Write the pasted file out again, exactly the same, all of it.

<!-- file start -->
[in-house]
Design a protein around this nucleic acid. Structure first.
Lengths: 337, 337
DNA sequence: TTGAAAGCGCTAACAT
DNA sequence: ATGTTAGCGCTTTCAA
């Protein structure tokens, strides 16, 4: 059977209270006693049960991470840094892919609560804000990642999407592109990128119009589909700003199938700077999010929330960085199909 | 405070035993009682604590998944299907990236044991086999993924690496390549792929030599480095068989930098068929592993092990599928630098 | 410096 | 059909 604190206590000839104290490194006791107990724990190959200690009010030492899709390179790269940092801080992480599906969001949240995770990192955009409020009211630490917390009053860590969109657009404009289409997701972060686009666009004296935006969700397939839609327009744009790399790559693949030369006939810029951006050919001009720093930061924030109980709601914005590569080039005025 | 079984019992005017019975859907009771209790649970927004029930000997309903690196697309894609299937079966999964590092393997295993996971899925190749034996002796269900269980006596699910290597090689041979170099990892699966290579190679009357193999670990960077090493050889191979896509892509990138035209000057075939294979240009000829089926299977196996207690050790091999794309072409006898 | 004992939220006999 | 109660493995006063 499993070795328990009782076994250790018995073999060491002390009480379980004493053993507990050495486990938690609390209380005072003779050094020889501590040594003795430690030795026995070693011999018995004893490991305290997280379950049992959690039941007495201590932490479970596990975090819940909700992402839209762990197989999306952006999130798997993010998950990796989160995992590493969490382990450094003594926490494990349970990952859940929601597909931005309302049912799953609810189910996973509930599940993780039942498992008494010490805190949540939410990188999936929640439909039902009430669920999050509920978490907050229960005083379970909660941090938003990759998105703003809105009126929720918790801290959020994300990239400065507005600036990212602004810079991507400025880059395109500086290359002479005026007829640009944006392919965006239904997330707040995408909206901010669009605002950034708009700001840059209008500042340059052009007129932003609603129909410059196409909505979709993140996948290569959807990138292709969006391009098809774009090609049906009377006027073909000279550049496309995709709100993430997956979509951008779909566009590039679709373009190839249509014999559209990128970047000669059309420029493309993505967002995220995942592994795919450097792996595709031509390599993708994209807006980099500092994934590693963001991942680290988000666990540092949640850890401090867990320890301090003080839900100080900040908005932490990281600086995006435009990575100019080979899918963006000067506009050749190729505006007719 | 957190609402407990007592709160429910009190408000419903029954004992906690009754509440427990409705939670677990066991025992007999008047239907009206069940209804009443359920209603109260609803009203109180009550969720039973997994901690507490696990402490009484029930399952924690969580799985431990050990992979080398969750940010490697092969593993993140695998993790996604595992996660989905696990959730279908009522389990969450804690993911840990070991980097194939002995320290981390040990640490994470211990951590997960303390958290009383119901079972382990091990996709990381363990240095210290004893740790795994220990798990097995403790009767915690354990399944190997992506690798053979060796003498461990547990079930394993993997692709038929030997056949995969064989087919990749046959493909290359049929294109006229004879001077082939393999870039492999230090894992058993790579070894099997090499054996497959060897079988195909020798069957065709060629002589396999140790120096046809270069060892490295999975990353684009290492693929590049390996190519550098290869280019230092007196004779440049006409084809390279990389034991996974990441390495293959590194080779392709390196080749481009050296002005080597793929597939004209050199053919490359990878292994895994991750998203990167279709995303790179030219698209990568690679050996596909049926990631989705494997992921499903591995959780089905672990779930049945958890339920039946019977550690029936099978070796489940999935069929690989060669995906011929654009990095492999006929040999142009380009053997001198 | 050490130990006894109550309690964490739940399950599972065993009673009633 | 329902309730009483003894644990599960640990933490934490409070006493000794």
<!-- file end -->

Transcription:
[in-house]
Design a protein around this nucleic acid. Structure first.
Lengths: 337, 337
DNA sequence: TTGAAAGCGCTAACAT
DNA sequence: ATGTTAGCGCTTTCAA
């Protein structure tokens, strides 16, 4: 059977209270006693049960991470840094892919609560804000990642999407592109990128119009589909700003199938700077999010929330960085199909 | 405070035993009682604590998944299907990236044991086999993924690496390549792929030599480095068989930098068929592993092990599928630098 | 410096 | 059909 604190206590000839104290490194006791107990724990190959200690009010030492899709390179790269940092801080992480599906969001949240995770990192955009409020009211630490917390009053860590969109657009404009289409997701972060686009666009004296935006969700397939839609327009744009790399790559693949030369006939810029951006050919001009720093930061924030109980709601914005590569080039005025 | 079984019992005017019975859907009771209790649970927004029930000997309903690196697309894609299937079966999964590092393997295993996971899925190749034996002796269900269980006596699910290597090689041979170099990892699966290579190679009357193999670990960077090493050889191979896509892509990138035209000057075939294979240009000829089926299977196996207690050790091999794309072409006898 | 004992939220006999 | 109660493995006063 499993070795328990009782076994250790018995073999060491002390009480379980004493053993507990050495486990938690609390209380005072003779050094020889501590040594003795430690030795026995070693011999018995004893490991305290997280379950049992959690039941007495201590932490479970596990975090819940909700992402839209762990197989999306952006999130798997993010998950990796989160995992590493969490382990450094003594926490494990349970990952859940929601597909931005309302049912799953609810189910996973509930599940993780039942498992008494010490805190949540939410990188999936929640439909039902009430669920999050509920978490907050229960005083379970909660941090938003990759998105703003809105009126929720918790801290959020994300990239400065507005600036990212602004810079991507400025880059395109500086290359002479005026007829640009944006392919965006239904997330707040995408909206901010669009605002950034708009700001840059209008500042340059052009007129932003609603129909410059196409909505979709993140996948290569959807990138292709969006391009098809774009090609049906009377006027073909000279550049496309995709709100993430997956979509951008779909566009590039679709373009190839249509014999559209990128970047000669059309420029493309993505967002995220995942592994795919450097792996595709031509390599993708994209807006980099500092994934590693963001991942680290988000666990540092949640850890401090867990320890301090003080839900100080900040908005932490990281600086995006435009990575100019080979899918963006000067506009050749190729505006007719 | 957190609402407990007592709160429910009190408000419903029954004992906690009754509440427990409705939670677990066991025992007999008047239907009206069940209804009443359920209603109260609803009203109180009550969720039973997994901690507490696990402490009484029930399952924690969580799985431990050990992979080398969750940010490697092969593993993140695998993790996604595992996660989905696990959730279908009522389990969450804690993911840990070991980097194939002995320290981390040990640490994470211990951590997960303390958290009383119901079972382990091990996709990381363990240095210290004893740790795994220990798990097995403790009767915690354990399944190997992506690798053979060796003498461990547990079930394993993997692709038929030997056949995969064989087919990749046959493909290359049929294109006229004879001077082939393999870039492999230090894992058993790579070894099997090499054996497959060897079988195909020798069957065709060629002589396999140790120096046809270069060892490295999975990353684009290492693929590049390996190519550098290869280019230092007196004779440049006409084809390279990389034991996974990441390495293959590194080779392709390196080749481009050296002005080597793929597939004209050199053919490359990878292994895994991750998203990167279709995303790179030219698209990568690679050996596909049926990631989705494997992921499903591995959780089905672990779930049945958890339920039946019977550690029936099978070796489940999935069929690989060669995906011929654009990095492999006929040999142009380009053997001198 | 050490130990006894109550309690964490739940399950599972065993009673009633 | 329902309730009483003894644990599960640990933490934490409070006493000794």